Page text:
"This is about calling bullshit when I see it and it’s bullshit to say that someone is celebrating the beauty of the natural female form when there isn’t anything natural in the ways they pose or photoshop their models."
Okay, first of all, what constitutes "natural?" Here, I have a link to the definitions of "natural." None of those definitions seem to really fit what Morgan is aiming at, instead I think they cater to more of how Dave defines it. Dave asks his models to either mimic or contradict the lines or patterns of nature in the scene as he sees it. If models were asked to be photographed, posing like one would stand waiting for the bus, or lounging like they're watching tv, there would be nothing inspiring to photograph - in most cases. And that's not the definition of natural, that's just sedentary. Any way a person poses is natural, because the pose is emanating from themselves. They are not attaching anything artificial, or man-made, to their bodies, or doing something impossible that a human being cannot possibly do. That would be unnatural.
And my favorite type of photographic art is one that tries to imitate the impossible. But that's just me.
But I personally don't believe this is really the case at hand - I think it's mostly an excuse. I think Morgan is just pissed off at society at large for the way women have been perpetuated in the media and blaming it on how it has influenced their representation in artistic mediums. Specifically (obviously) photography. But every era in time has their own idealistic version of women - how they are considered attractive and sexually appealing. In this day in age, even I wouldn't fit that description. Yes, I am trim, but I don't have big breasts. I am not tall. I don't have that exaggerated hourglass figure. But I absolutely love the way I am, and I am thankful that I am lacking those physical attributes because I personally strive to participate in nude art that tries to separate beauty from sexuality. Of course, those two can't be totally separated, I realize, but I focus my energy in collaborating in art that does not excite sexual arousal. I am most excited by art that represents the innocence of the nude form; that we come from nature and we are all born naked, the amazing geometry and forms that the human body can take, and the unconventional beauty of "unnatural" posing.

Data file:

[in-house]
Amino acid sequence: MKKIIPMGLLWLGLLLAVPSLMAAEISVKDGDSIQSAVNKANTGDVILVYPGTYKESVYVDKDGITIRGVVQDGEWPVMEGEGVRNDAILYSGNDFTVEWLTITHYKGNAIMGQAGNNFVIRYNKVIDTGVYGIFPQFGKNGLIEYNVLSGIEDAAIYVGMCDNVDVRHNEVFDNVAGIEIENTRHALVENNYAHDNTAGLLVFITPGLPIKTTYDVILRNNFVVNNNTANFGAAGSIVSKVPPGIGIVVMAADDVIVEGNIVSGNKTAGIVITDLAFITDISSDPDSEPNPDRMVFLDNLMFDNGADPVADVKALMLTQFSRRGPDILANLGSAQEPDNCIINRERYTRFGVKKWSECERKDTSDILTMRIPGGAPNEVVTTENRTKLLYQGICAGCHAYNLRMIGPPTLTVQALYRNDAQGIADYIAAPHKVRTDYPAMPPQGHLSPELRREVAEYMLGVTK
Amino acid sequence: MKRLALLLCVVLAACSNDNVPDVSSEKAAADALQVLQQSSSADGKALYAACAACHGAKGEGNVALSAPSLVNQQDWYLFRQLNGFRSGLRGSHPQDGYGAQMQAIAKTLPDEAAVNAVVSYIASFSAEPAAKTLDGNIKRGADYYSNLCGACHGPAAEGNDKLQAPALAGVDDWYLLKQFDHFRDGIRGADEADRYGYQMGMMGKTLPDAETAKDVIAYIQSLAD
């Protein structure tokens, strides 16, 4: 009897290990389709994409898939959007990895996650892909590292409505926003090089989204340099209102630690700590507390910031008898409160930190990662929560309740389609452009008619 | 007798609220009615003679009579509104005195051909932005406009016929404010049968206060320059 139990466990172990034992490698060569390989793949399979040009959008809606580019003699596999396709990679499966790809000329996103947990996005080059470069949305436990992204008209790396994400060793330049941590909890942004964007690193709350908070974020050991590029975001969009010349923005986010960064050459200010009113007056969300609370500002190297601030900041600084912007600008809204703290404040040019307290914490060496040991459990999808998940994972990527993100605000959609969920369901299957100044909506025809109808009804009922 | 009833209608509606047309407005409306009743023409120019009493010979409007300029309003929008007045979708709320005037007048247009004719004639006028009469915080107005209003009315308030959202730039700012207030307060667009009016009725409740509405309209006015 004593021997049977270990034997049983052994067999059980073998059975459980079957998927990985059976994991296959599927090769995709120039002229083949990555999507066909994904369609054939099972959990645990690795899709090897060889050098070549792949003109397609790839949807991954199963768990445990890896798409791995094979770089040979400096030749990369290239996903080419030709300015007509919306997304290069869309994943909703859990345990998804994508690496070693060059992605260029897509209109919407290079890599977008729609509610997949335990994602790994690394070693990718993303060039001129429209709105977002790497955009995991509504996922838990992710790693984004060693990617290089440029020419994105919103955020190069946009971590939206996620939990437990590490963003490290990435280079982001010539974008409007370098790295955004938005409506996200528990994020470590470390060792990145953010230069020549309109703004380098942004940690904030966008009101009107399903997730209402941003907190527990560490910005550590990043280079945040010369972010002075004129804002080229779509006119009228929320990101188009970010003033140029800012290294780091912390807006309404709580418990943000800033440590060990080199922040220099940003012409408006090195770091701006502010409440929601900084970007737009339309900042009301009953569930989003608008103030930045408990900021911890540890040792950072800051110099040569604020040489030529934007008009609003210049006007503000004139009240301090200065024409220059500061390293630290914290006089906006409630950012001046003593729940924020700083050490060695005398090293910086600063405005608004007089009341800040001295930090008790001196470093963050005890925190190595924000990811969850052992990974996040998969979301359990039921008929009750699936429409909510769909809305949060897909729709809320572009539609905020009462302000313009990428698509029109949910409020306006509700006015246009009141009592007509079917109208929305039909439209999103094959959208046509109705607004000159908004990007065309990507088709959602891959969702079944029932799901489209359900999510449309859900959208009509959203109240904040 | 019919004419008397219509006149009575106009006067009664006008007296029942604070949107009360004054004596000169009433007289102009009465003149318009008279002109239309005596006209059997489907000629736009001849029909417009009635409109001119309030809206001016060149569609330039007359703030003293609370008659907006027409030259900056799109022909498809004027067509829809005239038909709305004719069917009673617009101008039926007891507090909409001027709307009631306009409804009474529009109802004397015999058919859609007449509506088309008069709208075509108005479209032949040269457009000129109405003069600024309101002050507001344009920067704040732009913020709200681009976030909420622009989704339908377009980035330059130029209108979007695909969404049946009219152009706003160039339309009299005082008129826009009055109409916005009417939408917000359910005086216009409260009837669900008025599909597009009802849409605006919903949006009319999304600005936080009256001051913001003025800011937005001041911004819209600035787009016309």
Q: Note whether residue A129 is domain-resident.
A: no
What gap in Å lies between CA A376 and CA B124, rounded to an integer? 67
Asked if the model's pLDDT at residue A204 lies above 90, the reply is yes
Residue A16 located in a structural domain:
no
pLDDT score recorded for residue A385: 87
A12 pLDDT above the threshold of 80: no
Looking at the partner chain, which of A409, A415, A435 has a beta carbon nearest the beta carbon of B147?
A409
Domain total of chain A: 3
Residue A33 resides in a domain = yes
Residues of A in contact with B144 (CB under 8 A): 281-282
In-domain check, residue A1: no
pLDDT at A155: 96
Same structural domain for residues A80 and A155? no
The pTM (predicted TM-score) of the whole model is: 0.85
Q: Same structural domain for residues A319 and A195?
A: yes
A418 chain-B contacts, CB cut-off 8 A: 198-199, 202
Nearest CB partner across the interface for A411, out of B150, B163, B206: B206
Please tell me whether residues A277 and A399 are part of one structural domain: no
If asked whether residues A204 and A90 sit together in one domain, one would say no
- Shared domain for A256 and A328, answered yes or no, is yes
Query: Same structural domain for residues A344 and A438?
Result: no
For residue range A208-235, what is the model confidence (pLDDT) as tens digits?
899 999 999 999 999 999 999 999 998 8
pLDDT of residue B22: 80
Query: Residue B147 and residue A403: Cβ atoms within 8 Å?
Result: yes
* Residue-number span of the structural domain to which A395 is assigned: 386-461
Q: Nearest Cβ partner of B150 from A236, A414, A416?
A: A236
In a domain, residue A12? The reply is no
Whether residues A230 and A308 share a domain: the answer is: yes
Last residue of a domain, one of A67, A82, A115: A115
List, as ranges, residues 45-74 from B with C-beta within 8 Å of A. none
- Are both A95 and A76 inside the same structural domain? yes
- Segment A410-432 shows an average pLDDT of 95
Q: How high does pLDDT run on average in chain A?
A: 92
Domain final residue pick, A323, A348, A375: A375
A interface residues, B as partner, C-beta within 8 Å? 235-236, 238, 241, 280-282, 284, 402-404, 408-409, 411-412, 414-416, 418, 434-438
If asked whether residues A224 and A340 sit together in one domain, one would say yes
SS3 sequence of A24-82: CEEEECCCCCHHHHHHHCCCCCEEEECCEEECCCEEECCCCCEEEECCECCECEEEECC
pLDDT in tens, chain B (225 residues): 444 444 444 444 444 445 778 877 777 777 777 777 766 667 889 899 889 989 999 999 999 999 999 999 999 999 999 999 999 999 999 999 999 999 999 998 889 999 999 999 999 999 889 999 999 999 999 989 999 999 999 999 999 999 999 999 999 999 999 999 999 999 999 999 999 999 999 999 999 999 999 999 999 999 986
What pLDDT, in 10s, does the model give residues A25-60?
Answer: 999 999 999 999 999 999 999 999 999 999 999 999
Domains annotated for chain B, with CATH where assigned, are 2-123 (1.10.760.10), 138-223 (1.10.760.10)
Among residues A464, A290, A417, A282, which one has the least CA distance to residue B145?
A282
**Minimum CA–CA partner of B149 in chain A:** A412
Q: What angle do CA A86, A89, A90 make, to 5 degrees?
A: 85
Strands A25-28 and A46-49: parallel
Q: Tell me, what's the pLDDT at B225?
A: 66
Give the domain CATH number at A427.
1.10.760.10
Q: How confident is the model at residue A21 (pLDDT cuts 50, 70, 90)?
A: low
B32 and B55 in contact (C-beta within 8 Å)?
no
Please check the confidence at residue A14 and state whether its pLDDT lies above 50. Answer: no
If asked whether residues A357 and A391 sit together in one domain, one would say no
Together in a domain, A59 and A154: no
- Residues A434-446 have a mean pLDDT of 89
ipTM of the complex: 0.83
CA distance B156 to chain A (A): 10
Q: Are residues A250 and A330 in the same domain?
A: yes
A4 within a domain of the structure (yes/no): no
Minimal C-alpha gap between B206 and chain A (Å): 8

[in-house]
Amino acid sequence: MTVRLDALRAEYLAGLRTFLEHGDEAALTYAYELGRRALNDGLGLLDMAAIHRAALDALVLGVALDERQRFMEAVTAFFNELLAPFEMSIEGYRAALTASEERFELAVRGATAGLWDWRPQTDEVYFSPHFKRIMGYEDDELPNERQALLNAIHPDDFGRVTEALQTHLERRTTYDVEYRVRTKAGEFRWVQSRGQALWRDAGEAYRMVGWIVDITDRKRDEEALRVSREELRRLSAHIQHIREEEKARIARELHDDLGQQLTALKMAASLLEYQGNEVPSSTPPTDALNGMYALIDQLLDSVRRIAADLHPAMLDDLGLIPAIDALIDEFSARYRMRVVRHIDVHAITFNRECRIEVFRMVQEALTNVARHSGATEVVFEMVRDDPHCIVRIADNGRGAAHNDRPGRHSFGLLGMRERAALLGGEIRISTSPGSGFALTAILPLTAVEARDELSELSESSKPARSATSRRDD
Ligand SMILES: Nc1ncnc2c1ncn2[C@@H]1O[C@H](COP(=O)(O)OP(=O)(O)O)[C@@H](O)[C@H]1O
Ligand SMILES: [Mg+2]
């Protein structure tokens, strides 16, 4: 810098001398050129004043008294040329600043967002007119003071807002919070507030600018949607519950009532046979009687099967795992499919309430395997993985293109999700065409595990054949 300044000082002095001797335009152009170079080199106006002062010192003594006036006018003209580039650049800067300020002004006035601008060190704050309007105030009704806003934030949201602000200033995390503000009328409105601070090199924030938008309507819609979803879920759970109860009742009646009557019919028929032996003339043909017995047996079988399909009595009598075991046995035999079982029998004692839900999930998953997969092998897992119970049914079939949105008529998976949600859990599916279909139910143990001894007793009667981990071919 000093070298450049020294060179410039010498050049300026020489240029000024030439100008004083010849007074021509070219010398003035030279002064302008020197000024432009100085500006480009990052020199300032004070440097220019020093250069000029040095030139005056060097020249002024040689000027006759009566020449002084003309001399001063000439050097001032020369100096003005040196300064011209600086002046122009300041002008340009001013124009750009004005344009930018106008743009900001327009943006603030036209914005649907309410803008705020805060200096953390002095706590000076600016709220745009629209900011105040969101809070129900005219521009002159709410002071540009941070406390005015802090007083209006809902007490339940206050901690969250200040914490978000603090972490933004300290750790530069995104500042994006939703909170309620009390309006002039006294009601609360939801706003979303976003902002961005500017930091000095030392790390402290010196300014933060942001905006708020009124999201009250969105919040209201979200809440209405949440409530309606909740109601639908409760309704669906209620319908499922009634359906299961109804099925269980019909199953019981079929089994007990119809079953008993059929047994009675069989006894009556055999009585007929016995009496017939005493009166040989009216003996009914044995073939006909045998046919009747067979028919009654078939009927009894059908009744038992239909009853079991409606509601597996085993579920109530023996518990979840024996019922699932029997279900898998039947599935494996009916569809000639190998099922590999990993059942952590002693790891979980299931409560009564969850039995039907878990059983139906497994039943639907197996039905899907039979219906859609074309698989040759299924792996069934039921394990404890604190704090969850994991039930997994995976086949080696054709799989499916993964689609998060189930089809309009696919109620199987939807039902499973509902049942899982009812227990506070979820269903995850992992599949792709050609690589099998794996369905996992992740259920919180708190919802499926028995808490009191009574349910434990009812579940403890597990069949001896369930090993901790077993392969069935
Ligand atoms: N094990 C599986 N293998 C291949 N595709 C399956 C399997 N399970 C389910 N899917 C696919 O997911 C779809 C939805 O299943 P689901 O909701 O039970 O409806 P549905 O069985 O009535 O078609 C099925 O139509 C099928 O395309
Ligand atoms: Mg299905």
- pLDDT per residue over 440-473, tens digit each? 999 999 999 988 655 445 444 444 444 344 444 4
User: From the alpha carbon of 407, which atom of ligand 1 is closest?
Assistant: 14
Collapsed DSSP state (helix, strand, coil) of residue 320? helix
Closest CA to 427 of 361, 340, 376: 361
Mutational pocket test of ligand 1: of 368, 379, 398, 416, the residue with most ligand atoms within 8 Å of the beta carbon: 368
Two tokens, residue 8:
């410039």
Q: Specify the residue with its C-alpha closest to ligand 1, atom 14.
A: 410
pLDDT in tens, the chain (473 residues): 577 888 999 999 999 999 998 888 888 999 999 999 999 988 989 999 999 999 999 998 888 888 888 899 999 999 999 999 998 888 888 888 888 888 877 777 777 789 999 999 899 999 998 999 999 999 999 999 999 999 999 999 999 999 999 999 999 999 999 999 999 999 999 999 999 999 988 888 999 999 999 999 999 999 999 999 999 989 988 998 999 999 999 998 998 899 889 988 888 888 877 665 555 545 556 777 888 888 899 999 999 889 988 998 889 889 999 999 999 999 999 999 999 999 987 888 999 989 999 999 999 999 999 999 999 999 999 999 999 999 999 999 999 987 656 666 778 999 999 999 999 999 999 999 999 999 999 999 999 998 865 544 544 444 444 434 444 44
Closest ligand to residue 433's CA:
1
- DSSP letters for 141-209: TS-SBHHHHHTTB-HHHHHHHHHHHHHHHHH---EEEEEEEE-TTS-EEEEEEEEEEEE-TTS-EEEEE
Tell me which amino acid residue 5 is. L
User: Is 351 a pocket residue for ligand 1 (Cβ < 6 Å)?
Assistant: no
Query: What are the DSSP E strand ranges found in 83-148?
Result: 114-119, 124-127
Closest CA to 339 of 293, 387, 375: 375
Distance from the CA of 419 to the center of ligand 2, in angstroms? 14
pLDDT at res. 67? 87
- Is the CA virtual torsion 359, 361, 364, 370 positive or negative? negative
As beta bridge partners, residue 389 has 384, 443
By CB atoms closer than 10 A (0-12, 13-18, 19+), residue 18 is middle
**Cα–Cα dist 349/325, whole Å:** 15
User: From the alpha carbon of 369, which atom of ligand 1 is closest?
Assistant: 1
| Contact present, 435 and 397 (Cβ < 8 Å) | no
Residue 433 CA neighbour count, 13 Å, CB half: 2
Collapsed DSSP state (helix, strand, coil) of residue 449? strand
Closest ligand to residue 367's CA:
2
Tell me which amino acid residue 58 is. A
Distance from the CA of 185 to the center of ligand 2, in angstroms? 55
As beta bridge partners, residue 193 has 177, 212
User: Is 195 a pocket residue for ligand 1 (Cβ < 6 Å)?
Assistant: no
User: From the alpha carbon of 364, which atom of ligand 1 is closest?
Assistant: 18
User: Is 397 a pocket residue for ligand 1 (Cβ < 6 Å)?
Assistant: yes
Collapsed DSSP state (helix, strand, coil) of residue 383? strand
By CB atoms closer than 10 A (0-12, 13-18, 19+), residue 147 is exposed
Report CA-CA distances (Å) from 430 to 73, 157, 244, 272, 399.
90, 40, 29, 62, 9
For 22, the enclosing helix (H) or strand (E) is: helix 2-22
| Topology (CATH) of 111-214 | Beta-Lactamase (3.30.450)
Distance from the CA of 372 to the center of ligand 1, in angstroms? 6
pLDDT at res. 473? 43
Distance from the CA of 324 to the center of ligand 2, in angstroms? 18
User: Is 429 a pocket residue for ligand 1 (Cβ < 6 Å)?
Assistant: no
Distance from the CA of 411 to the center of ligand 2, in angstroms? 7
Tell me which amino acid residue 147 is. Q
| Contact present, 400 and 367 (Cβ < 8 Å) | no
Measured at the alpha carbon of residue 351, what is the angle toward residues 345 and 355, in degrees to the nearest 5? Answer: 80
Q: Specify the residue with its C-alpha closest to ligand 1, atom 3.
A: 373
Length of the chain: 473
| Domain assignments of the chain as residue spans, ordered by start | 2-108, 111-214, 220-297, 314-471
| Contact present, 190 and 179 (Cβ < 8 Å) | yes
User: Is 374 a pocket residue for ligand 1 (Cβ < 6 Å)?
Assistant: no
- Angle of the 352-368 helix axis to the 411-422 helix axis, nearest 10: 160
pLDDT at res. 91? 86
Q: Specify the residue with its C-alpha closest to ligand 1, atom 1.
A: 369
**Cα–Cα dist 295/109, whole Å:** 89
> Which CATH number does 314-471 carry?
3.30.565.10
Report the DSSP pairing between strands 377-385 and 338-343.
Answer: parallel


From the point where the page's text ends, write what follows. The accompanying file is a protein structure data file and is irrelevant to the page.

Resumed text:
I think people have this notion stuck in their minds that photography should depict realness. I think when people see a photograph, there's a part of their mind that views it as purely journalistic. But photography, when used for a tool in art, shows the artist's reality - and that's it. And their reality doesn't have to be real. That's the most absolutely wonderful thing about art. Art represents a continuum between fantasy and truth. Wherever the artist decides to stop on that continuum is their prerogative.
I think photography is involved in so much controversy because it most often does show truth in the scene. It's a snapshot in time, it captures the moment. No other medium has these claims that it distorts reality, because all the other mediums do that automatically.
I guess it boils down to, if you want to see "natural" photographs of people you'll have more luck looking in the newspaper (yes, they still exist - for now). Whatever you do, don't look at art.
On that note, here's an "unnatural" pose self-portrait.